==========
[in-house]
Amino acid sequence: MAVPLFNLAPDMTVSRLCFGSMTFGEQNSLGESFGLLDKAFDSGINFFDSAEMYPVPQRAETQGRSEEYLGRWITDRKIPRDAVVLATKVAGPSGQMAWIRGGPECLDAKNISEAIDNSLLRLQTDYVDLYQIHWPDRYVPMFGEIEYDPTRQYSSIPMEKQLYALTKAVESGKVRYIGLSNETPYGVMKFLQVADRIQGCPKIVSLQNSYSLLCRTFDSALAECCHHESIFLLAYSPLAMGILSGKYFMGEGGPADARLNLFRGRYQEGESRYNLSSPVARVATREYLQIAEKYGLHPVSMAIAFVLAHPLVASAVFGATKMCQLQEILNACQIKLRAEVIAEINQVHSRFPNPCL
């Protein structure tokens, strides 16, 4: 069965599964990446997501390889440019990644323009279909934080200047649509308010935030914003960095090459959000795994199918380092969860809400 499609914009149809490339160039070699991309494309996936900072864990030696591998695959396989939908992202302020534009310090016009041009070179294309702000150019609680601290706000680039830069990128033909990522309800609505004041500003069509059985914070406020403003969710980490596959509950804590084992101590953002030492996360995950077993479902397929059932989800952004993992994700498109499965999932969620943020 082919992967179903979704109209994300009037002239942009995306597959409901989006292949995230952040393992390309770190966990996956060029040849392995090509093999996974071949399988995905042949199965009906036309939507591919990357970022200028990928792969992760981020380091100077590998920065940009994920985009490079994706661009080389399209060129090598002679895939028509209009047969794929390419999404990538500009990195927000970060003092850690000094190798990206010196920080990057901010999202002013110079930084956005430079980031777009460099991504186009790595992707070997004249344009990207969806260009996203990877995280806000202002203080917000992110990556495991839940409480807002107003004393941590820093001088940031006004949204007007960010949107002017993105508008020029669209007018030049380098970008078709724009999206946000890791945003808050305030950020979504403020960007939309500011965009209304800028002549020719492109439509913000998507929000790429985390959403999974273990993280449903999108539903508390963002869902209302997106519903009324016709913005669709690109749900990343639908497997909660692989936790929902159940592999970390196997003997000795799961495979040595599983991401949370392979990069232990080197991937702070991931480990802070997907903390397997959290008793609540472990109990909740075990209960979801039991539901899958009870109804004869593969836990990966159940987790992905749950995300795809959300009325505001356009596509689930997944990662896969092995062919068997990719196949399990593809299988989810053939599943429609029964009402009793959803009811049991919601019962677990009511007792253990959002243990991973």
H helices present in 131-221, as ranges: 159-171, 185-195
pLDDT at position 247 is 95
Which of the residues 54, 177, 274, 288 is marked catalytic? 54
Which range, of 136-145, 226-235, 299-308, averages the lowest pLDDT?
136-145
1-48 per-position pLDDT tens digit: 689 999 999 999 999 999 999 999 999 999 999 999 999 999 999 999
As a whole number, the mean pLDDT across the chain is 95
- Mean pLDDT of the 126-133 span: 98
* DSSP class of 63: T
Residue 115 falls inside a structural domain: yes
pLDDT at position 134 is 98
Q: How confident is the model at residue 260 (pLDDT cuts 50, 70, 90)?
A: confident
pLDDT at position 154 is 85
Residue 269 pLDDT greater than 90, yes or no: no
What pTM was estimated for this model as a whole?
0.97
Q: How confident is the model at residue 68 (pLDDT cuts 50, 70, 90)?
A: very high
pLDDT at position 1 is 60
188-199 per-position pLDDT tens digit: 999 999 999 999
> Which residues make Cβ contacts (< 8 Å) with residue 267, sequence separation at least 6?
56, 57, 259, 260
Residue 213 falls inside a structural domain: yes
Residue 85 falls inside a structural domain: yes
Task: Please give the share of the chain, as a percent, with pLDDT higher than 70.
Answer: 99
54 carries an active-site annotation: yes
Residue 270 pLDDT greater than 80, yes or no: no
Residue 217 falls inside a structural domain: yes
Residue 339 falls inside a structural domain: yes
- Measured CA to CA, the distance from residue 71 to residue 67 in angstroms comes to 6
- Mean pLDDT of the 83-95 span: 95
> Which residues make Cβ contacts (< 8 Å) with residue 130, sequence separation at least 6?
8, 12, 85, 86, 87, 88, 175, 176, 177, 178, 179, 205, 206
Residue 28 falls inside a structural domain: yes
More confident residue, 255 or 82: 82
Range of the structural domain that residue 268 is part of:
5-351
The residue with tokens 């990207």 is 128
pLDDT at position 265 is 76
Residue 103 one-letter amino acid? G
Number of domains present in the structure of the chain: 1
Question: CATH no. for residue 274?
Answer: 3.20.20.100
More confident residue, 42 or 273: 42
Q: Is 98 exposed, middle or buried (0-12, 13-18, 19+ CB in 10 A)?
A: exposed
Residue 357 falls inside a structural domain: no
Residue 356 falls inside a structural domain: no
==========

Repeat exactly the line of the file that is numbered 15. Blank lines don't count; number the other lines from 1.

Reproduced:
Q: How confident is the model at residue 260 (pLDDT cuts 50, 70, 90)?